Dating and Origin

Most contemporary scholars believe that the Temple Scroll was composed in the Land of Israel in the late Second Temple period, or, more precisely, in the second half of the second century BCE (after 120 BCE, perhaps during the reign of John Hyrcanus I?). Among the main arguments for this view are the following:

1. The earliest extant copy of the scroll (4Q524), if it is indeed a copy and not an entirely different work, was copied in Hasmonean semi-cursive script (150-125 BCE).
2. The scroll's language is closely related to Mishnaic Hebrew.
3. The author's overriding concern with problems of impurity would tie in very well with the situation in the Land of Israel shortly after Antiochus IV Epiphanes' desecration of the Temple and its reconsecration by Judas Maccabeus (167-164 BCE).
4. The "Statute of the King" (columns LVI-LIX) and the punishment of hanging/crucifixion (LXIV) reflect the Hasmonean reality.
5. There are impressive parallels in vocabulary, content, and legal material between the Temple Scroll, on the one hand, and the Qumran work Miktzat ma'asei ha-Torah (4QMMT) and the apocryphal Book of Jubilees, on the other, both of which have been dated to the second half of the second century BCE.

Columns XXIV-XXVIII of the Temple Scroll

Does the discovery of the Temple Scroll in the Qumran caves prove that the author was a member of the Judean Desert sect? As already stated, Yadin believed that the author was an Essene and pointed out similarities between his work and other sectarian works found at Qumran. Stegemann, however, rejects any connection with the Qumran Community.

A more careful comparison of our scroll with the other sectarian documents found in the caves does cast some doubt on Yadin’s theory. On the one hand, there are indeed strong parallels in various areas, such as the prohibition of polygamy, of marriage between uncle and niece, or of sexual relations in the Temple City (Damascus Document); the exclusion of women from the Temple City and the camp during the eschatological war, and the location of privies (War Rule); the list of people to be denied membership in the Community at the End of Days, and the list of those not allowed to enter the Temple City (Rule of the Congregation); and so on. On the other hand, there are obvious differences, such as the method of interpreting biblical texts and discrepancies in certain laws (e.g., those concerning witnesses). Moreover, the characteristic hatred and aggressive spirit of the sectarian scrolls are absent, as is the belief in dualism, predestination, and messianism. There are also differences of vocabulary (such as the title of the high priest). Finally, the Temple Scroll is addressed to the entire people of Israel, whereas the other scrolls are aimed specifically at the Community or some other group.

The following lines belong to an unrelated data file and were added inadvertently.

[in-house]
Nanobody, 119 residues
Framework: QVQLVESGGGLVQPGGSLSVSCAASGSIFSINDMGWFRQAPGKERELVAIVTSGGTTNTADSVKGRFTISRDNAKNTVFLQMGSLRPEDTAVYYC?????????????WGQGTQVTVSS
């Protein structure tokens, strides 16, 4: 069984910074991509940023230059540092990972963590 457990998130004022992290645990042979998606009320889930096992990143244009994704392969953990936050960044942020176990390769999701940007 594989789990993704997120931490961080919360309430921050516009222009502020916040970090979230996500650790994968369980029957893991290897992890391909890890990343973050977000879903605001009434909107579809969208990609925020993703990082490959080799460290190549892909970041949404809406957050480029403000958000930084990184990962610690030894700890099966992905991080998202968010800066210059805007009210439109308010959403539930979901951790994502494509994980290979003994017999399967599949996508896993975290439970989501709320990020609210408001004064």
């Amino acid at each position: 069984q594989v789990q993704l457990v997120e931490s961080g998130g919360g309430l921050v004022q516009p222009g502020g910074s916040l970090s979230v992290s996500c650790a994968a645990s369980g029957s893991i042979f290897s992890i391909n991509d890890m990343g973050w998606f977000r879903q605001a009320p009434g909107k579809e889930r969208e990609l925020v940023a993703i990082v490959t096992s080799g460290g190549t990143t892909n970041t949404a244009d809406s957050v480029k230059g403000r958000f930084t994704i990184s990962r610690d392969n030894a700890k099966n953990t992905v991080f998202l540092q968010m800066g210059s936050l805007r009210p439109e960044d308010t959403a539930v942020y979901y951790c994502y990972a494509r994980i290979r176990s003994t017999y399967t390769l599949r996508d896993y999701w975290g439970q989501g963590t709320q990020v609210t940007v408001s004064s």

In light of these differences, we may assume with considerable assurance that, like the scrolls of the Qumran sect, the Temple Scroll originated in certain priestly circles (according to Schiffman, Zadokite priests) but, unlike
the others, it was committed to writing before the Community seceded from their brethren in Jerusalem and withdrew to the desert. 29 

As to the author, there is unfortunately no indication in the scroll itself of his identity (that is, other than the attribution to God!). Nevertheless, some conclusions may be drawn on the basis of the scroll’s content and, in particular, its redaction. The author was presumably a person of authority, he was extremely well versed in the biblical tradition, and he had enough self-esteem – or audacity – to rewrite the Torah. Some scholars have therefore suggested that our author might have been the legendary founder of the Qumran sect, the so-called “Teacher of Righteousness” (moreh tzedek), but this is no more than speculation.

The Ideal Temple: Architecture and Halakhah

The building of the Temple, with its courts, auxiliary structures, and implements, takes up nearly half the text of the Temple Scroll (columns II-XIII, XXX-XLV). Adding the details of the festivals and sacrifices (XIII-XXIX), as well as the laws of impurity relevant to the Temple and the Temple City (XLV-XLVII), one clearly sees that the Temple, in all its aspects, was the central theme of the scroll. 30 

The scroll’s ambitious and highly sophisticated design for the new Temple drew on two main sources of inspiration. The first was biblical: the descriptions of the Tabernacle in the wilderness, Solomon’s Temple (including the version presented in the book of Chronicles), and Ezekiel’s envisioned Temple. 31  The author’s second source of inspiration was the Hellenistic architecture of his own time. Throughout, he was guided by the principle that the new Temple should meet the highest possible architectural standards, while fulfilling the most minute halakhic requirements.